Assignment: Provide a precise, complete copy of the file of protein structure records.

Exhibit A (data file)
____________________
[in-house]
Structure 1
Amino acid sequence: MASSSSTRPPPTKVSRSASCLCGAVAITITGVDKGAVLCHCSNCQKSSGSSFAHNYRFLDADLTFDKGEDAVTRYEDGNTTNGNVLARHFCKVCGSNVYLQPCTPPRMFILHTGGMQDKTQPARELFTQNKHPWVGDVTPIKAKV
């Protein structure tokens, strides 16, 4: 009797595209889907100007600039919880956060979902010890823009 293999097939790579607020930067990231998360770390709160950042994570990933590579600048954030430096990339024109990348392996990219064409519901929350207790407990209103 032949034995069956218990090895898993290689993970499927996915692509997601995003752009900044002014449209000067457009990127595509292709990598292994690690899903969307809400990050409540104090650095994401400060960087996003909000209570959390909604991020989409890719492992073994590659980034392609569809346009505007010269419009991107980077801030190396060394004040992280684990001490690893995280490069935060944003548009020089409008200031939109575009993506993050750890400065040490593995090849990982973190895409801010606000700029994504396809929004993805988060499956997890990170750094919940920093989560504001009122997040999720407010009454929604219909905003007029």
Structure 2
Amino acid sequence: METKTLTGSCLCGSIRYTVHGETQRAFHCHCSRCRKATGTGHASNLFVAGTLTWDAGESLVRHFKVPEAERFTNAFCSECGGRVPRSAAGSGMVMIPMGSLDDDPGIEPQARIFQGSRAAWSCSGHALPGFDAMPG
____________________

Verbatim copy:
[in-house]
Structure 1
Amino acid sequence: MASSSSTRPPPTKVSRSASCLCGAVAITITGVDKGAVLCHCSNCQKSSGSSFAHNYRFLDADLTFDKGEDAVTRYEDGNTTNGNVLARHFCKVCGSNVYLQPCTPPRMFILHTGGMQDKTQPARELFTQNKHPWVGDVTPIKAKV
């Protein structure tokens, strides 16, 4: 009797595209889907100007600039919880956060979902010890823009 293999097939790579607020930067990231998360770390709160950042994570990933590579600048954030430096990339024109990348392996990219064409519901929350207790407990209103 032949034995069956218990090895898993290689993970499927996915692509997601995003752009900044002014449209000067457009990127595509292709990598292994690690899903969307809400990050409540104090650095994401400060960087996003909000209570959390909604991020989409890719492992073994590659980034392609569809346009505007010269419009991107980077801030190396060394004040992280684990001490690893995280490069935060944003548009020089409008200031939109575009993506993050750890400065040490593995090849990982973190895409801010606000700029994504396809929004993805988060499956997890990170750094919940920093989560504001009122997040999720407010009454929604219909905003007029």
Structure 2
Amino acid sequence: METKTLTGSCLCGSIRYTVHGETQRAFHCHCSRCRKATGTGHASNLFVAGTLTWDAGESLVRHFKVPEAERFTNAFCSECGGRVPRSAAGSGMVMIPMGSLDDDPGIEPQARIFQGSRAAWSCSGHALPGFDAMPG